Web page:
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Dipping Into the Character Well

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Re: Dipping Into the Character Well

Postby Talon Sinnah » Sun Mar 29, 2009 4:44 pm

Agreed too many times I have looked back at a scene in my story and said "wow that could of been so much stronger."
I am the poet of the body and I am the poet of the Soul. The pleasures of heaven are with me and the pains of hell are with me. The first I graft and increase upon myself, the latter I translate into a new tongue.

-Walt Whitman-
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Re: Dipping Into the Character Well

Postby Grand Evander » Mon Mar 30, 2009 5:38 pm

In all honesty, I consider my finished work a series of failures I didn't know how to correct. Our tastes change over time too, alienating us from our older work. What we considered innovative and evocative becomes stilted and pedestrian as we develop our story and our voice.

I often find myself revising scenes I had revised a week earlier, just because I still wasn't satisfied. It takes forever to get most anything done... sigh.
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Re: Dipping Into the Character Well

Postby spknoevl » Thu Apr 02, 2009 7:10 am

A strong story can overcome weak or one-dimensional characters as long as it can keep the reader's attention. The Da Vinci Code was a riveting book but in all honesty, other than Professor Langdon, none of the characters were really well fleshed out. It was the plot itself and its fast pace that kept you reading page after page.
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Re: Dipping Into the Character Well

Postby Grand Evander » Fri Apr 03, 2009 3:08 pm

I think a strong story includes strong characters. A strong plot or concept can outweigh weakness in character development but this also delves into genre conventions and author tastes. Certain genres, such as sci-fi and mystery, are often plot driven by construction. Sci-fi and fantasy can also be world driven, wherein the allure is exploring the conventions and idiosyncrasies of the world the writer has created. I find literary fiction, in contrast, is very character driven, often using the characters' thoughts and dynamics to create tension, whereas other genres like fantasy have action to keep the reader turning the pages.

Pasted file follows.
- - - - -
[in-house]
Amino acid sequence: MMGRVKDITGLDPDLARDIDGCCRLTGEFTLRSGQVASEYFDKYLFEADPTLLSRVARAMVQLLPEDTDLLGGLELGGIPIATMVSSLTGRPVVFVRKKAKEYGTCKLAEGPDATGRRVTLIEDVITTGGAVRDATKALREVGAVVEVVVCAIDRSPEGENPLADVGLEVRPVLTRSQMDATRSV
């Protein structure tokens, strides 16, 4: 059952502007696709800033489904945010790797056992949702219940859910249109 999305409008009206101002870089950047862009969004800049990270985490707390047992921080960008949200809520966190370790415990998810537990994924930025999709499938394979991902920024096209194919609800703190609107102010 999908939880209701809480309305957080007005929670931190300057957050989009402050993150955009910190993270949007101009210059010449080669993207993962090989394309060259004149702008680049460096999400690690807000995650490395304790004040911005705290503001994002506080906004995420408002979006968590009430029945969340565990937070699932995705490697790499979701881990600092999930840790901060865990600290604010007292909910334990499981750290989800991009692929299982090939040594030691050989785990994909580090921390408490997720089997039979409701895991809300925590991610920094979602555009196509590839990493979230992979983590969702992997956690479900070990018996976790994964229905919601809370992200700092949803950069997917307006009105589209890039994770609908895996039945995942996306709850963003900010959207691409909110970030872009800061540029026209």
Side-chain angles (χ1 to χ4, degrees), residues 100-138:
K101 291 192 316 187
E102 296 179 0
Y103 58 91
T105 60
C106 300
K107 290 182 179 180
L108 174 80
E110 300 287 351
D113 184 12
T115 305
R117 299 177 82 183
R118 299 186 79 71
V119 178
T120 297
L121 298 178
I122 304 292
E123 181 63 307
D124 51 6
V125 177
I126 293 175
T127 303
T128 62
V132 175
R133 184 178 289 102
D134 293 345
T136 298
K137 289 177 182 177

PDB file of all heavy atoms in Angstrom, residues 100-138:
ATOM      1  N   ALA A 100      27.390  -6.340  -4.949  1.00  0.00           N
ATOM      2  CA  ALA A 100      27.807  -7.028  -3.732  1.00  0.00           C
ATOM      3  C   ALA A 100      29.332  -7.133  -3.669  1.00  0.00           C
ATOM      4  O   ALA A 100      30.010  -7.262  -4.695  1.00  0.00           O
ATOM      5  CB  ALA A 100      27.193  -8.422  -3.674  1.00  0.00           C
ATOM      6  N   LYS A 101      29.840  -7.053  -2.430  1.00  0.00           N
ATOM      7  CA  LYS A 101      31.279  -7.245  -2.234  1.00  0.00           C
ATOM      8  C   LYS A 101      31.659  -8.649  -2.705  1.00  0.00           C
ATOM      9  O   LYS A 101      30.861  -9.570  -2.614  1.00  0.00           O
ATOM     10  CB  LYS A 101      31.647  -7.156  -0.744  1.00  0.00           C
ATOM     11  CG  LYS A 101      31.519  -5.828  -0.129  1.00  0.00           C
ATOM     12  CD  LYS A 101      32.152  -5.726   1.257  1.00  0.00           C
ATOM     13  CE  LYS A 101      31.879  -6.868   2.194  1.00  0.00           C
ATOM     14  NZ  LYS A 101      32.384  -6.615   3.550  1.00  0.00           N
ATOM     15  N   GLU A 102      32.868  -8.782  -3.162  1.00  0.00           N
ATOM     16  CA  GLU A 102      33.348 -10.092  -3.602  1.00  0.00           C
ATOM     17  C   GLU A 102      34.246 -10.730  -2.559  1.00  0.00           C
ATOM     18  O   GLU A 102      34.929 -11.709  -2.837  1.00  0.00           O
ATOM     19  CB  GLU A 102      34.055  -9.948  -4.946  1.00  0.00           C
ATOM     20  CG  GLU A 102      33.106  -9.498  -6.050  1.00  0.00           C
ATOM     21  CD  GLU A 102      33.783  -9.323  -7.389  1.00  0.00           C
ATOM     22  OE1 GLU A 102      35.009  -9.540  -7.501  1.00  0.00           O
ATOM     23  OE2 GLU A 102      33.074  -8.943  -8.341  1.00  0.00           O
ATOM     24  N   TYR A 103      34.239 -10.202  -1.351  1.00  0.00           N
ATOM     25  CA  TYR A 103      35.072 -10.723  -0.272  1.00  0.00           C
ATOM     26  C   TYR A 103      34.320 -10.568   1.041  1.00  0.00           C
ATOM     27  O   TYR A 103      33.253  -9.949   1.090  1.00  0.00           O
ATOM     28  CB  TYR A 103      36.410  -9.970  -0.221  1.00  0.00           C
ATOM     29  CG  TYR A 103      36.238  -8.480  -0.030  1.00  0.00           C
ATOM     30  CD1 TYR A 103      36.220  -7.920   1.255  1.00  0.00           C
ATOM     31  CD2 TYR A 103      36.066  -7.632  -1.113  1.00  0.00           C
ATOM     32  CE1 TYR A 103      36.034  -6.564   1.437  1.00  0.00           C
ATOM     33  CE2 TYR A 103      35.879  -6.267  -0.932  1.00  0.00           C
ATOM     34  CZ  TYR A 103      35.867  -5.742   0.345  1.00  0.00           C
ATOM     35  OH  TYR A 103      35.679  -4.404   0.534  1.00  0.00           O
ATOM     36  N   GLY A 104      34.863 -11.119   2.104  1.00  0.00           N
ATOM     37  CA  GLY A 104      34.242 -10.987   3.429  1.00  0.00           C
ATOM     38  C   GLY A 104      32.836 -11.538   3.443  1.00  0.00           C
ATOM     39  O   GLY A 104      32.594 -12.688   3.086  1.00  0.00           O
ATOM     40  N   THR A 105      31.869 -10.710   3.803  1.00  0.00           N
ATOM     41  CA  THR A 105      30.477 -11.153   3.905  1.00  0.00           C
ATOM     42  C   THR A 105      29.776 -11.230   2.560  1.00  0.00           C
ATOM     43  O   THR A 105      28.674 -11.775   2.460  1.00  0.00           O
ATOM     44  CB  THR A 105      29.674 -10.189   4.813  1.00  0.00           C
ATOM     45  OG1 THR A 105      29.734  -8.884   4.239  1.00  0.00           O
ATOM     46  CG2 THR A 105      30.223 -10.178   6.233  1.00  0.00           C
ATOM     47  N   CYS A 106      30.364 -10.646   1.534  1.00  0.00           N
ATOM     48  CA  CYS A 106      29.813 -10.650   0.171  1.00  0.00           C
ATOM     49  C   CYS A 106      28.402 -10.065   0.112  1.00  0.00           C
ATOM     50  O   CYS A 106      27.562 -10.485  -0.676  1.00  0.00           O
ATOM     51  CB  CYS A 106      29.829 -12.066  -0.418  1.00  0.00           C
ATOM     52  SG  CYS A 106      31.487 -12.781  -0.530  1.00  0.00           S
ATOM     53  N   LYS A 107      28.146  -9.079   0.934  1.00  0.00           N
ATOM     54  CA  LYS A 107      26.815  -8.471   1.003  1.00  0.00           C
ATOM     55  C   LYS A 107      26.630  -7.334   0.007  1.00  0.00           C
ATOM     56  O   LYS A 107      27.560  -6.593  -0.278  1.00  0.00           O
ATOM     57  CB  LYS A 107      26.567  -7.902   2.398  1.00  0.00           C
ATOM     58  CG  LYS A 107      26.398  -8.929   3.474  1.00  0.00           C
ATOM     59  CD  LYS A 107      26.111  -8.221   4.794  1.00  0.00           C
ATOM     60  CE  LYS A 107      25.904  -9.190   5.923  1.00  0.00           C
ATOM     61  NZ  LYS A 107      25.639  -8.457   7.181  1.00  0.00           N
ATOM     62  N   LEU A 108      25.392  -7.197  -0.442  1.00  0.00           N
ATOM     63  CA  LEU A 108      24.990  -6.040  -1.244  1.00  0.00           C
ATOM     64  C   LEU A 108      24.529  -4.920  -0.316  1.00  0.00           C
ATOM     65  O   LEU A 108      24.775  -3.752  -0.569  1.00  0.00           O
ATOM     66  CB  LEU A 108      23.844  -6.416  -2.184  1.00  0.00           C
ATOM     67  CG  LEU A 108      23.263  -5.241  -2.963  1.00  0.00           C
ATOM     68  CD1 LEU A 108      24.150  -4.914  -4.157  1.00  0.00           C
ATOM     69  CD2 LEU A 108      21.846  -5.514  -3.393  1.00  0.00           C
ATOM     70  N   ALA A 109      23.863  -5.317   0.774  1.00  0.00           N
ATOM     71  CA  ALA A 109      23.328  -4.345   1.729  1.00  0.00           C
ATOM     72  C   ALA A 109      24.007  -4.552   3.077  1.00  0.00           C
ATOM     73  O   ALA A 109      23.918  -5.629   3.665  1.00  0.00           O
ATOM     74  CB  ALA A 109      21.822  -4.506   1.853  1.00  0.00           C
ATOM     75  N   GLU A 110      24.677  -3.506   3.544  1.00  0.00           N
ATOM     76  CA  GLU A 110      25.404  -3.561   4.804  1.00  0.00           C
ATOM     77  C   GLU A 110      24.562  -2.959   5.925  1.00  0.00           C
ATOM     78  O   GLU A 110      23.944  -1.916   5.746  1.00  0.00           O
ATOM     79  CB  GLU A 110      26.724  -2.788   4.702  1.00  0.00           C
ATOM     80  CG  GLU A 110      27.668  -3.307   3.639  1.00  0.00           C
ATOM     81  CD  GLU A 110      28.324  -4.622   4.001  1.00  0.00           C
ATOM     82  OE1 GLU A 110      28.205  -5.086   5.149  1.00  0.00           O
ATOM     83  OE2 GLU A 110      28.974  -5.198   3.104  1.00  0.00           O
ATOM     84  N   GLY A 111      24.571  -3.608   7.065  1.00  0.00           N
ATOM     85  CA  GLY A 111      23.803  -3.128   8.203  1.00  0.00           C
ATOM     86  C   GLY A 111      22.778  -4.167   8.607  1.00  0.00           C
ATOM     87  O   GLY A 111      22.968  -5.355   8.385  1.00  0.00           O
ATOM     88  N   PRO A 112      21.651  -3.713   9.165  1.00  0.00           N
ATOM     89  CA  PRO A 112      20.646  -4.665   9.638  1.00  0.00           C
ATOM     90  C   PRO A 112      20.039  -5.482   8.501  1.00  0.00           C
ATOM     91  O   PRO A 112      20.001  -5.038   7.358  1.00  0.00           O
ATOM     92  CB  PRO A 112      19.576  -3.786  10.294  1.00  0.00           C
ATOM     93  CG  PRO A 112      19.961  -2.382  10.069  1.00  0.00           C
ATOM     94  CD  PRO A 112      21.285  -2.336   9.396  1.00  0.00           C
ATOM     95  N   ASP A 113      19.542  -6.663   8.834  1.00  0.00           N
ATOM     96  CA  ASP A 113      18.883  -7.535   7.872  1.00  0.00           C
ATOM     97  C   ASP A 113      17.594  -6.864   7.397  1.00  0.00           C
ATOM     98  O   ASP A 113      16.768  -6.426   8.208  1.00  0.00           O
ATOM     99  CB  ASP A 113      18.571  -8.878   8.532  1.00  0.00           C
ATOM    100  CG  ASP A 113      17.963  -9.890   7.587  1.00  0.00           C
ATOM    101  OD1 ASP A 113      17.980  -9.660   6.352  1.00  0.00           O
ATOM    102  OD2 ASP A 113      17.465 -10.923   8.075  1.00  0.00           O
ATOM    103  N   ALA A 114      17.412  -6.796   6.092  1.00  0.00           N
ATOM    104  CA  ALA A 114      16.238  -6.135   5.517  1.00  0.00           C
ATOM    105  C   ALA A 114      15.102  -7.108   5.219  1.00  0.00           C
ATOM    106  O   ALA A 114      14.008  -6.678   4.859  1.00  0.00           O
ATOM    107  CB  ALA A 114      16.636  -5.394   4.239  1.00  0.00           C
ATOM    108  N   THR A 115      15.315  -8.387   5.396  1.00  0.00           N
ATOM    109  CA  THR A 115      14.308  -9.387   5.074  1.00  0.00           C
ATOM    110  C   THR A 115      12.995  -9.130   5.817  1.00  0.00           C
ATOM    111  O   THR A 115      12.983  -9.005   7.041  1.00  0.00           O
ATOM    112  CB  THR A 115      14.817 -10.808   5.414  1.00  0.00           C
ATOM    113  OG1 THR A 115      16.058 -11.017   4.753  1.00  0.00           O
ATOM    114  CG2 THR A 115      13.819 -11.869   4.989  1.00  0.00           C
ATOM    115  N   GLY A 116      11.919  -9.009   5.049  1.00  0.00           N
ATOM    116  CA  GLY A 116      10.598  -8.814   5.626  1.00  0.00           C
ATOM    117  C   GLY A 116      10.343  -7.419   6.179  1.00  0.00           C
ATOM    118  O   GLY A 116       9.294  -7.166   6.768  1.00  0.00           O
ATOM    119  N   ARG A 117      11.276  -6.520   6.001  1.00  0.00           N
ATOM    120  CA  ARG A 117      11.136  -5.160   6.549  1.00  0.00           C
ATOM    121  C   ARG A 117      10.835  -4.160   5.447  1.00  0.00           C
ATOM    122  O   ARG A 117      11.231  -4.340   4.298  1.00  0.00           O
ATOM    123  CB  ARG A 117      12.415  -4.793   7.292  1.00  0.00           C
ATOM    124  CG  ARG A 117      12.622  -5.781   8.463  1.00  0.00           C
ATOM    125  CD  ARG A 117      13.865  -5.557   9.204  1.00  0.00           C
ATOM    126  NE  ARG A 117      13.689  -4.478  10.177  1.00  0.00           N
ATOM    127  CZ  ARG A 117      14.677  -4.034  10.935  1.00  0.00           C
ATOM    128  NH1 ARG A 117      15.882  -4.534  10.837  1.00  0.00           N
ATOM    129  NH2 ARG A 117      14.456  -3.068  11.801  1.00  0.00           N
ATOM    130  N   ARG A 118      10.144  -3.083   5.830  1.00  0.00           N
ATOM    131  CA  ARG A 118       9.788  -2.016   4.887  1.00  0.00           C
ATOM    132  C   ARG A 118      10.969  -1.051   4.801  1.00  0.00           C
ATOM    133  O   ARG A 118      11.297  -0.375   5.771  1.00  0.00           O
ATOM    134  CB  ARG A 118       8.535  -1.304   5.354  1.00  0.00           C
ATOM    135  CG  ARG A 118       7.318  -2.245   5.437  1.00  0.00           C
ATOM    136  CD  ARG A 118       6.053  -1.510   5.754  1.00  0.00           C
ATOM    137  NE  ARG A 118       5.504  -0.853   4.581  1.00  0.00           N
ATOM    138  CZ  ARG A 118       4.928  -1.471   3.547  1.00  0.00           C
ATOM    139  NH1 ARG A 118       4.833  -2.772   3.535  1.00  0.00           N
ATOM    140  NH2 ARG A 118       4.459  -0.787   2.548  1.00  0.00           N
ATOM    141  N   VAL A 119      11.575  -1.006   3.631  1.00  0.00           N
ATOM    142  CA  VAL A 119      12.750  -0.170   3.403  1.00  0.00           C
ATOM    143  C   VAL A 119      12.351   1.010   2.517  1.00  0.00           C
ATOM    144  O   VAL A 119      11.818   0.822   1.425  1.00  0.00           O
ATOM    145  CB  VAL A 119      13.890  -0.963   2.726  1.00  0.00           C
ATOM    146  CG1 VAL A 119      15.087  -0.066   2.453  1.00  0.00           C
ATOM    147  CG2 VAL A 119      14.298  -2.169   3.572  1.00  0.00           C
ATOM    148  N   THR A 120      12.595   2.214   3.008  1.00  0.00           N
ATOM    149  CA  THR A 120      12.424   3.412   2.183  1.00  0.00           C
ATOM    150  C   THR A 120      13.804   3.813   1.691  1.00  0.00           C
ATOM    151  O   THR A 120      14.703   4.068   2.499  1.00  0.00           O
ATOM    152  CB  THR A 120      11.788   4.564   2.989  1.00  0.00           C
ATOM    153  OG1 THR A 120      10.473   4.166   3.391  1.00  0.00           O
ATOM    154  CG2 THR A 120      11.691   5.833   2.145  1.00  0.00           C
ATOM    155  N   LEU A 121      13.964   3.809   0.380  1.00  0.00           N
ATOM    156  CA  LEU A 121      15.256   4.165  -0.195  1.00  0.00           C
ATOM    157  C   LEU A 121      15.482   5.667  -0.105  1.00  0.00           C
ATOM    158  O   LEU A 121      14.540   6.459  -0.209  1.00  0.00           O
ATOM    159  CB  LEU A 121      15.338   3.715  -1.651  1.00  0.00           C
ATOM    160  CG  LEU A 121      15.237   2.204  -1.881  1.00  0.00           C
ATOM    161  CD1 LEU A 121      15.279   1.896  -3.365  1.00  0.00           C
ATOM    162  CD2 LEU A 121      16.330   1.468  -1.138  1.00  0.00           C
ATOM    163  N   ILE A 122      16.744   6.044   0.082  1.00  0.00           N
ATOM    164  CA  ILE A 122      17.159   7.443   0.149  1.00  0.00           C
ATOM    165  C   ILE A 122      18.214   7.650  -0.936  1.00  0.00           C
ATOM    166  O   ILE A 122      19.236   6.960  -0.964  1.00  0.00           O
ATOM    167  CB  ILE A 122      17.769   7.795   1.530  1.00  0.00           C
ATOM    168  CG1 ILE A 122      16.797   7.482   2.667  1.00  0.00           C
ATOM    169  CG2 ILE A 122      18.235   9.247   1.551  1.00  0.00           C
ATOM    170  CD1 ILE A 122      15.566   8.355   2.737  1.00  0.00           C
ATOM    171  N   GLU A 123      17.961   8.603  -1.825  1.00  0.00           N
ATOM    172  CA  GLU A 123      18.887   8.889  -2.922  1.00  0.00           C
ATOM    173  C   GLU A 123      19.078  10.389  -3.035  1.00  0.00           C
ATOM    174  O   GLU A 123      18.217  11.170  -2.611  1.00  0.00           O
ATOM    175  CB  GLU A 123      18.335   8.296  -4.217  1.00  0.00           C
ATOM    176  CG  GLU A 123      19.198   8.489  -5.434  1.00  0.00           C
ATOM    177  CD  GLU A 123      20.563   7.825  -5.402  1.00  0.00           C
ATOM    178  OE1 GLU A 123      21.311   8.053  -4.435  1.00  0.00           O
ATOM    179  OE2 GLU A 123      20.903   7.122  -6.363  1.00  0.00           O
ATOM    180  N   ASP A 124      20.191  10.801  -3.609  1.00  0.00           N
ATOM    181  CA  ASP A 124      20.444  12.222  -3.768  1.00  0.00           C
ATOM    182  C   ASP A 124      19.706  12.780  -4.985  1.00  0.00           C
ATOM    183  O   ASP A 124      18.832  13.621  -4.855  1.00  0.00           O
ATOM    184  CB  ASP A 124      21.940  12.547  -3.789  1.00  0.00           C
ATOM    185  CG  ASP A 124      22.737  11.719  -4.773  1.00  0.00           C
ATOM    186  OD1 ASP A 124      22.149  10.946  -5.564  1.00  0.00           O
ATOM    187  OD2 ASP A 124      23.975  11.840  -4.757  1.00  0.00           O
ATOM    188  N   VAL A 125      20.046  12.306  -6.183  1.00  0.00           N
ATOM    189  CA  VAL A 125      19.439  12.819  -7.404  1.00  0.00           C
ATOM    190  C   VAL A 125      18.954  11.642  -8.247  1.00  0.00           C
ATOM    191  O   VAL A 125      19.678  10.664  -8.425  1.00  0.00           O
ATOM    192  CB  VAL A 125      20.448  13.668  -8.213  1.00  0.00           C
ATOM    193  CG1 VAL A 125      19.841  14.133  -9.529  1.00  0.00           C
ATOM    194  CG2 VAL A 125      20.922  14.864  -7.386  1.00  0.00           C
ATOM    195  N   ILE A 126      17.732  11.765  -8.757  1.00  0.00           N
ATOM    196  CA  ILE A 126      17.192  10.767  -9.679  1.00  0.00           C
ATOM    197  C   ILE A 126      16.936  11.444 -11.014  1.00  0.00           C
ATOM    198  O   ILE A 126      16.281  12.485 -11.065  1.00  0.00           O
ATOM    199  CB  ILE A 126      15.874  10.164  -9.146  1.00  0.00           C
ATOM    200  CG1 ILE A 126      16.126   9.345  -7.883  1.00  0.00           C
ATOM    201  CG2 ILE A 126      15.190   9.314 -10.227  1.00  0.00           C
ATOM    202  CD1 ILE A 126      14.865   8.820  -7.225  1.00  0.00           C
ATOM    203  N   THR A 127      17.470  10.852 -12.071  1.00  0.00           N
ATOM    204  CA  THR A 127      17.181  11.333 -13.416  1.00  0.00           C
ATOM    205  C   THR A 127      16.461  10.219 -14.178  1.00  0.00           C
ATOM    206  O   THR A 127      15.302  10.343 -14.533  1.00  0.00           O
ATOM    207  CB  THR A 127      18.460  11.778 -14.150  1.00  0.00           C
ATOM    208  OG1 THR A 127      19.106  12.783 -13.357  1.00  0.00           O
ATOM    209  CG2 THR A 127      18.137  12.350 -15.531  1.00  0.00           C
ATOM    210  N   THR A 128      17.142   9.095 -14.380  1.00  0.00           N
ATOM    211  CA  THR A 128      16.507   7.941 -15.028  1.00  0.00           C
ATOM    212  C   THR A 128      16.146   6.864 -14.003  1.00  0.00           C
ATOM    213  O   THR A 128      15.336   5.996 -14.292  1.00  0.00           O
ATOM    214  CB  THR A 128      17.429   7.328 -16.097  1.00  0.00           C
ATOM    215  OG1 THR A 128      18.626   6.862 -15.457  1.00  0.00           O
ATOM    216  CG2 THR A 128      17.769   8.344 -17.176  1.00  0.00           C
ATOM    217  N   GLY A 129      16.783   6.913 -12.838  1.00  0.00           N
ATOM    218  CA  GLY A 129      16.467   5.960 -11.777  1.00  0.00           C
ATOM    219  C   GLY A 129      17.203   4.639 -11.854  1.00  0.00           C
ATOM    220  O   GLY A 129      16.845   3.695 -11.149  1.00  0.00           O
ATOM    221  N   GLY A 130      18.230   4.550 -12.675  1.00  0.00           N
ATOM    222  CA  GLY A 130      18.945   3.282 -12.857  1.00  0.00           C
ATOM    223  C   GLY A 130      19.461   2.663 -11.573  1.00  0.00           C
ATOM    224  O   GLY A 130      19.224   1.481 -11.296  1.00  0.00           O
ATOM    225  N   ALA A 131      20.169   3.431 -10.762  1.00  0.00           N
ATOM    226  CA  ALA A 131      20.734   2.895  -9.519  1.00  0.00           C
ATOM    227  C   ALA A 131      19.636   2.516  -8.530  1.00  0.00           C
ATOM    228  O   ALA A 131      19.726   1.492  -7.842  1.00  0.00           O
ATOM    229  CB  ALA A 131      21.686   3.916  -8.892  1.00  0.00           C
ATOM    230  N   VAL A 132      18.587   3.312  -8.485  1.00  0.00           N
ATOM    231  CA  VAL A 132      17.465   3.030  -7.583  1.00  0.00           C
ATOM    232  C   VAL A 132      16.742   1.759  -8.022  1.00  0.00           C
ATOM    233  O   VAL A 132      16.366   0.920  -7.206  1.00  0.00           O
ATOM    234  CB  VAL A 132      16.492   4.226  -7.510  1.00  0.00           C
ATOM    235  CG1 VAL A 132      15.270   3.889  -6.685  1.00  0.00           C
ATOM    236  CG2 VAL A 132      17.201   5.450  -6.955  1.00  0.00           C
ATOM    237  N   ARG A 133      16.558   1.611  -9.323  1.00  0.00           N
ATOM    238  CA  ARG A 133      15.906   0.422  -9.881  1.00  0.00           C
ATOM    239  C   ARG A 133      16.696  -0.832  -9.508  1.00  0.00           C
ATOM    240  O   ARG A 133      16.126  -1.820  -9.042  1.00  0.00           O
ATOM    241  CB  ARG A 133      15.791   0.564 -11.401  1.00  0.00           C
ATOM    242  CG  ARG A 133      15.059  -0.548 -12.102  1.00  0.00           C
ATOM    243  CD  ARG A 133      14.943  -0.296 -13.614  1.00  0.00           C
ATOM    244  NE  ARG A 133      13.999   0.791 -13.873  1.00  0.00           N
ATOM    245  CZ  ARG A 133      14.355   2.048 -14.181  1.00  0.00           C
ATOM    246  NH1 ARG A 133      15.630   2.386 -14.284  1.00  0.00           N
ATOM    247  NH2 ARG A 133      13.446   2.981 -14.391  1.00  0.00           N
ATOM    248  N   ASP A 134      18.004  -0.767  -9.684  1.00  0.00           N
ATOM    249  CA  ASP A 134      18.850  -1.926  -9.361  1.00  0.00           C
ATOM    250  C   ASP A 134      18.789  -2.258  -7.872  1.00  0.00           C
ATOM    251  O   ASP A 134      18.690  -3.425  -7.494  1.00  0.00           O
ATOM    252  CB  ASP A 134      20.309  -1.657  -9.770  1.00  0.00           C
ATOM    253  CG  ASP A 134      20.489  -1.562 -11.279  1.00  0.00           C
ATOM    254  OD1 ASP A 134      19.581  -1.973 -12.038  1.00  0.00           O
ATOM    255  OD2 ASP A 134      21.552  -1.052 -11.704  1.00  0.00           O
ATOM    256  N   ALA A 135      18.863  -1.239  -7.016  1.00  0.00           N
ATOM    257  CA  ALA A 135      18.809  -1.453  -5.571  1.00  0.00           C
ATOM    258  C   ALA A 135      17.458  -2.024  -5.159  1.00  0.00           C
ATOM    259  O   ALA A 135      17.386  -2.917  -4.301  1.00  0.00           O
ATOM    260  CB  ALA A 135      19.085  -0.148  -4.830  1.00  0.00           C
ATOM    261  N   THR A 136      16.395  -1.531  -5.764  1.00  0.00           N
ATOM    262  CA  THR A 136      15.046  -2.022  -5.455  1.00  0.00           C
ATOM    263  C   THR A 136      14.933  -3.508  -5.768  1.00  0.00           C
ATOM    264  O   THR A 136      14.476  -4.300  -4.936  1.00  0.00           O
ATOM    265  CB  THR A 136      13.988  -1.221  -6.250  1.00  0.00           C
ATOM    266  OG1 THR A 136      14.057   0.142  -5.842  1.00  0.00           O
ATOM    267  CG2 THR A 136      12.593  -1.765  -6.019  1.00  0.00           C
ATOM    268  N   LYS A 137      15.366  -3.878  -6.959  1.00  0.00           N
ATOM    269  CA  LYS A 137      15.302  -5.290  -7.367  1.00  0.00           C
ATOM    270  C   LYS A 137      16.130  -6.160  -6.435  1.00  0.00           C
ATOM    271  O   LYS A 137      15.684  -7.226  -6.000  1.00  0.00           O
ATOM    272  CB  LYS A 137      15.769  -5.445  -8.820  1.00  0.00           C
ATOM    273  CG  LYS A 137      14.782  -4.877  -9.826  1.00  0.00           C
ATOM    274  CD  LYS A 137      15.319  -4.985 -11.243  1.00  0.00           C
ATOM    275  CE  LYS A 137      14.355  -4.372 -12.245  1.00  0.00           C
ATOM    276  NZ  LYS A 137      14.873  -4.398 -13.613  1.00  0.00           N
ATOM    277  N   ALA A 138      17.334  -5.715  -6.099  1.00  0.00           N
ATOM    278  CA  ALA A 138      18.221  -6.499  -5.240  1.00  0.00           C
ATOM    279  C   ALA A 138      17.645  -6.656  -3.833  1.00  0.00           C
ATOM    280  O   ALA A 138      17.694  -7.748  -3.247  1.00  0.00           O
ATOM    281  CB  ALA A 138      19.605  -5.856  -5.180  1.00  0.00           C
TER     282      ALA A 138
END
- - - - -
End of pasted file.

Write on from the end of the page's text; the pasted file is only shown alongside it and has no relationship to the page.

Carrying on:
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Re: Dipping Into the Character Well

Postby The Master » Fri Apr 03, 2009 3:55 pm

Grand Evander wrote:I often find myself revising scenes I had revised a week earlier, just because I still wasn't satisfied. It takes forever to get most anything done... sigh.

Yeah, I tend to rewrite too much then it gets so overworked I've lost sight of what I was doing with it in the first place. Sometimes I think we need to have more faith in our first draft!
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Re: Dipping Into the Character Well

Postby Grand Evander » Fri Apr 03, 2009 5:00 pm

I think Stephen King said that a final draft is a first draft -10%, for what it's worth. I try to prioritize my rewrites nowadays. It's difficult to be satisfied with what's written since we want to write the best versions of our work that we can, polishing and polishing until we erode the veneer.
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Re: Dipping Into the Character Well

Postby Talon Sinnah » Wed Apr 29, 2009 2:24 pm